1916, Kingdom of Hejaz, Hussein bin Ali. Countermarked 40 Para Coin. KM-4. R!
Reference: KM-4. Countermark Period: 1916-1920s Denomination: 40 Para (regnal year (4). Condition: Minor greenish deposits, otherwise VF with a XF countermark! Mint Place: Islambol (today´s Istanbul, where the coin was struck) / Mecca (where the countermark was applied). Diameter: 23mm Weight: 5.91gm Material: Nickel
Obverse: Large central countermark "al-Hijaz" over ottoman Tughra of the host coin, which bears the regnal date 4.
Reverse: Large central value (40) in arabic above accession date of the Ottoman Sultan (AH1327).
In the time before 1916 Turkish coins circulated in this region and throughout the Ottoman Empire. When the Turks were thrown out Husein ibn Ali, soon to be King of Hejaz in Mecca, ordered the existing coins to be counterstamped "al-Hijaz" over the tughra of the Sultan, thus effacing the symbol of centuries of Ottoman domination.
Al-Hejaz, also Hijaz (Arabic: الحجاز al-Ḥiǧāz, literally "the barrier"), is a region in the west of present-day Saudi Arabia. It is bordered on the west by the Red Sea, on the north by Jordan, on the east by Najd, and on the south by Asir. Its main city is Jeddah, but it is probably better known for the Islamic holy cities of Mecca and Medina. As the site of Islam's holy places, the Hejaz has significance in the Arab and Islamic historical and political landscape. Historically, Hejaz has always seen itself as separate from the rest of Saudi Arabia. Hejaz is the most populated region in Saudi Arabia; 35% of all Saudis live in Hejaz. Hejazi Arabic is the most spoken accent in the region. Saudi Hejazis are of ethnically diverse origins. Hejaz is the most cosmopolitan region in the Arabian Peninsula. People of Hejaz have the most strongly articulated identity of any regional grouping in Saudi Arabia. Their place of origin alienates them from the Saudi state, which invokes different narratives of the history of the Arabian Peninsula. Thus, Hejazis experienced tensions with people of Najd.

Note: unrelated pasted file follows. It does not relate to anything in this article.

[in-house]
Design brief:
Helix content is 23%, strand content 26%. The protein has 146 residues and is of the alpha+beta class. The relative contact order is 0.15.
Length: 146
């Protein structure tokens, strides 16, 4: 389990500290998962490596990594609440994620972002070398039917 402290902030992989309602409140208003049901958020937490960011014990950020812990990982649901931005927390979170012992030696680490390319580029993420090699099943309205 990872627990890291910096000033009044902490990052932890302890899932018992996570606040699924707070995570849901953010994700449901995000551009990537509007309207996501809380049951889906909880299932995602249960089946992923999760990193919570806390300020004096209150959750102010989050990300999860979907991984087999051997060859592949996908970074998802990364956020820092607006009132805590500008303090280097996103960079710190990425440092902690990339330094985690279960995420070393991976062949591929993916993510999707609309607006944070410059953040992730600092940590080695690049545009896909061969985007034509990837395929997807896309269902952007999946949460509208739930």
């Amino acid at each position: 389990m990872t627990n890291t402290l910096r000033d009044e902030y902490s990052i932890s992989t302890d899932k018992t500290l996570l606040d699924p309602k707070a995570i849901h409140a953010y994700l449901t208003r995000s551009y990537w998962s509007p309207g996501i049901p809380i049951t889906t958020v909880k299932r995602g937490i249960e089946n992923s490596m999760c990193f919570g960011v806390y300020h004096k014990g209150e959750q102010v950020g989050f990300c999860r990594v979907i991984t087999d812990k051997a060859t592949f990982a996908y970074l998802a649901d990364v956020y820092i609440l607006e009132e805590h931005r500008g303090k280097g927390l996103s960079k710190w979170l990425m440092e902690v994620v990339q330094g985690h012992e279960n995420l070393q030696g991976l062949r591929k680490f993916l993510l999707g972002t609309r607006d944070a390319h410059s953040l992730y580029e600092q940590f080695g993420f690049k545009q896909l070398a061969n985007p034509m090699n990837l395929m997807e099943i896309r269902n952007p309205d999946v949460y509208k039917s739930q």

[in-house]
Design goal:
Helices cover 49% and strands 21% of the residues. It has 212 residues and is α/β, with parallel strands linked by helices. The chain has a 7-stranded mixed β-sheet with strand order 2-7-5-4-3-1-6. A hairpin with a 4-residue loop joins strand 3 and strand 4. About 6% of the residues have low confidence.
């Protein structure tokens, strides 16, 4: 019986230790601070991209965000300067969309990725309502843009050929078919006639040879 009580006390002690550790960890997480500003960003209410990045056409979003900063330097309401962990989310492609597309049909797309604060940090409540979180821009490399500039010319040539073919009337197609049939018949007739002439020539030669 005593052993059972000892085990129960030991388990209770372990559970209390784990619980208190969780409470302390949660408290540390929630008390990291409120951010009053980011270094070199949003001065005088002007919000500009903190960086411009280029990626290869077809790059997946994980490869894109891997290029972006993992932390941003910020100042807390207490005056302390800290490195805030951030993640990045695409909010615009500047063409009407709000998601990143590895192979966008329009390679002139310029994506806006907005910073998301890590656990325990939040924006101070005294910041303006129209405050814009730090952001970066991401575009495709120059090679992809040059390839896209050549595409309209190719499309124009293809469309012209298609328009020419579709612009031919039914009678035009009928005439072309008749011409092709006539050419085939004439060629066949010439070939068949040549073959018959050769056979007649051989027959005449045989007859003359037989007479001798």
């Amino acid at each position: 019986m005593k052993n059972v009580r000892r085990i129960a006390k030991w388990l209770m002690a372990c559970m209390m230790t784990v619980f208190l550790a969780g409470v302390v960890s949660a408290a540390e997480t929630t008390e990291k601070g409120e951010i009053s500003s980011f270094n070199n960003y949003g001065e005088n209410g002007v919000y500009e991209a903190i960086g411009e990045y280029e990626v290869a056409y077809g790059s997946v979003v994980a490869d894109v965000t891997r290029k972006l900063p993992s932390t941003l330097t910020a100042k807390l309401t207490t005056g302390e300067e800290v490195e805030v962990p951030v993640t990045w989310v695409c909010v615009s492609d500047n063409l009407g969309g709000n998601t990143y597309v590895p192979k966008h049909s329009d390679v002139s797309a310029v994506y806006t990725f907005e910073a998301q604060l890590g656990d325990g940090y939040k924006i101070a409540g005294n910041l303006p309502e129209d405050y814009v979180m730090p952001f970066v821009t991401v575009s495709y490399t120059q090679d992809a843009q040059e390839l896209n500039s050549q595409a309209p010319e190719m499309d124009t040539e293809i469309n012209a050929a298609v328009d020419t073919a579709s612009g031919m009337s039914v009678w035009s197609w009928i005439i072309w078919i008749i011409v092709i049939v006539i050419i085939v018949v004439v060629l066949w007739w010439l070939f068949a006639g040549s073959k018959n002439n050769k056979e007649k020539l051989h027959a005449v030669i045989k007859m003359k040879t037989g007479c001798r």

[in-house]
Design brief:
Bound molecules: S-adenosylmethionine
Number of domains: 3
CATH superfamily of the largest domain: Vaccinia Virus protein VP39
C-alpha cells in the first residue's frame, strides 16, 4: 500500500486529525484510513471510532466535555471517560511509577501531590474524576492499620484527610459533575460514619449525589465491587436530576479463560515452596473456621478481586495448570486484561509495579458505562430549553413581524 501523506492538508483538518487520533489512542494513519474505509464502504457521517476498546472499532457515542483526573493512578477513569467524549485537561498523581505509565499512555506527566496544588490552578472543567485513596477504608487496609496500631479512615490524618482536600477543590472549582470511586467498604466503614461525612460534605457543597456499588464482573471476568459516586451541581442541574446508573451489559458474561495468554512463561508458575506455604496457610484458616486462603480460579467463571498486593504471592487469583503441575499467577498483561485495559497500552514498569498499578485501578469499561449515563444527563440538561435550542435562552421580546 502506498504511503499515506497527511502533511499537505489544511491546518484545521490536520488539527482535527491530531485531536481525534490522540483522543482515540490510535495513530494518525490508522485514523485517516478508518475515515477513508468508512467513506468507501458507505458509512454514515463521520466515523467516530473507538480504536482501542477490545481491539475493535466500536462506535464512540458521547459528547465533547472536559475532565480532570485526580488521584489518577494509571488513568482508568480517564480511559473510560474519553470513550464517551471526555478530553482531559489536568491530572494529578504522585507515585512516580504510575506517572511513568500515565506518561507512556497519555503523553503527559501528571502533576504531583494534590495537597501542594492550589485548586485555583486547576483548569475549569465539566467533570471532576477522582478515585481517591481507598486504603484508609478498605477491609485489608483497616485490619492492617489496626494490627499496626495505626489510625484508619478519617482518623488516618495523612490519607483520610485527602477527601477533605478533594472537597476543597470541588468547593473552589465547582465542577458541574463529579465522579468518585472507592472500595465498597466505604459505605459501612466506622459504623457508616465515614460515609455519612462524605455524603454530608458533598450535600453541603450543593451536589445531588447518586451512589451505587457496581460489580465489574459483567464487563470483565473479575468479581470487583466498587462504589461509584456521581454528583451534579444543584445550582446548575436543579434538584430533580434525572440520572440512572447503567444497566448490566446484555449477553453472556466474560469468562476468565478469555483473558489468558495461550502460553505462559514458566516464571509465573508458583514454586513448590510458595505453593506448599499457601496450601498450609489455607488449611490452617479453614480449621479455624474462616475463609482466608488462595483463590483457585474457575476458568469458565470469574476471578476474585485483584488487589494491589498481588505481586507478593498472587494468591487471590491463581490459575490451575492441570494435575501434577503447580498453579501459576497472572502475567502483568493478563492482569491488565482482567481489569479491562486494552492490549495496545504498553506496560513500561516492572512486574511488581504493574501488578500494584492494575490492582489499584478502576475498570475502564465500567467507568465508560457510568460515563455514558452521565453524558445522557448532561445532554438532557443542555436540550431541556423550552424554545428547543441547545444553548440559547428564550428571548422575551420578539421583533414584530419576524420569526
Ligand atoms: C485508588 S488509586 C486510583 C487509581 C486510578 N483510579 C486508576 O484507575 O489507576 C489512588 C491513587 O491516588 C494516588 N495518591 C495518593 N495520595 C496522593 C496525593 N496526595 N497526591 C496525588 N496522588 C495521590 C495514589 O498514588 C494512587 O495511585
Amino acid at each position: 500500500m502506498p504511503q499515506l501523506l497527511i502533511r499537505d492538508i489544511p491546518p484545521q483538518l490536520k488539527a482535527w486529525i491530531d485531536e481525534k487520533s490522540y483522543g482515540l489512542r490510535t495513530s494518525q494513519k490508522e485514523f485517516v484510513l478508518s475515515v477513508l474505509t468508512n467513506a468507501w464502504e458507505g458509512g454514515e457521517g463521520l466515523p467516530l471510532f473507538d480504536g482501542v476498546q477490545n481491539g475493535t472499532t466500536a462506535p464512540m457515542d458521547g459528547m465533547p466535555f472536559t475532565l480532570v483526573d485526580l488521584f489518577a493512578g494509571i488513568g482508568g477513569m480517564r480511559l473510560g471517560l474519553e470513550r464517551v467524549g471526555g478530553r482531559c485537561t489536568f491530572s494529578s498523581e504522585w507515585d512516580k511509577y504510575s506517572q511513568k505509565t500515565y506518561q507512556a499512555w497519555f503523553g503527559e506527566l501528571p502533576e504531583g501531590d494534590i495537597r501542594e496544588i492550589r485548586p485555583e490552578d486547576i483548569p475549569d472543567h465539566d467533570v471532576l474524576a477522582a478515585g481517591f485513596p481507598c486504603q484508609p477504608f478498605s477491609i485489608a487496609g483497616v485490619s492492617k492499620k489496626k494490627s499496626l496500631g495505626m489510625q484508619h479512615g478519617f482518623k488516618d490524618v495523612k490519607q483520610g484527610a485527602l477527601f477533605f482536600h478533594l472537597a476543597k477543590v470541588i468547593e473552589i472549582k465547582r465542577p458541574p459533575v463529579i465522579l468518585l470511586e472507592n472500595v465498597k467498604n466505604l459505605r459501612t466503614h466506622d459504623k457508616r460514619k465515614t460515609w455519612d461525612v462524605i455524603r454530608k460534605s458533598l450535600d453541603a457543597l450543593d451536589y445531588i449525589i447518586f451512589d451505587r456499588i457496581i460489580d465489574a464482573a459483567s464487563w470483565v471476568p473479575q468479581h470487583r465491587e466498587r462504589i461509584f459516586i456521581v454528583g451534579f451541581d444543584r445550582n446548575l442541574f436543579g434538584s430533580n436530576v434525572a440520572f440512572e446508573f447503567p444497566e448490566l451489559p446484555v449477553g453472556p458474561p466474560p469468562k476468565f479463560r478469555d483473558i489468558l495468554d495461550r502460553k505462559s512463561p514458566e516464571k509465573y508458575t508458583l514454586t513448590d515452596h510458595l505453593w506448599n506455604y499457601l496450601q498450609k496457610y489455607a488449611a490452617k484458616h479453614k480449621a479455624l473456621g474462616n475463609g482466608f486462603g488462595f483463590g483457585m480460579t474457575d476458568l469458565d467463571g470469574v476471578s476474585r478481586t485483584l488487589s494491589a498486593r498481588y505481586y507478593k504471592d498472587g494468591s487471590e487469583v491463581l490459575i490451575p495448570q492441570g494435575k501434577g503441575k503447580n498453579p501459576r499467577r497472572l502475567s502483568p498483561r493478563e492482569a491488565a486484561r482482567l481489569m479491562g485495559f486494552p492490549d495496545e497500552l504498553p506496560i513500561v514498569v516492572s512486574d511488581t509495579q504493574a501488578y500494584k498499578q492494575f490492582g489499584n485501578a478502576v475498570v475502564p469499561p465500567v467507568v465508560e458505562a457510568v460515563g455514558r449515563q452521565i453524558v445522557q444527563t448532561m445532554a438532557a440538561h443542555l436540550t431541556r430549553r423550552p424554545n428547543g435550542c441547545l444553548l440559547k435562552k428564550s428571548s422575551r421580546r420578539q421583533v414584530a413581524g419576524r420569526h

Hussein bin Ali, GCB (1854 - 4 June 1931) was the Sharif and Emir of Mecca from 1908 until 1917, when he proclaimed himself and was internationally recognized as King of the Kingdom of Hejaz. He initiated the Arab Revolt in 1916 against the increasingly nationalistic Ottoman Empire during the course of the First World War. In 1924, when the Ottoman Caliphate was abolished, he further proclaimed himself Caliph of all Muslims. He ruled Hejaz until 1924, when, defeated by Abdul Aziz al Saud, he abdicated the kingdom and other secular titles to his eldest son Ali.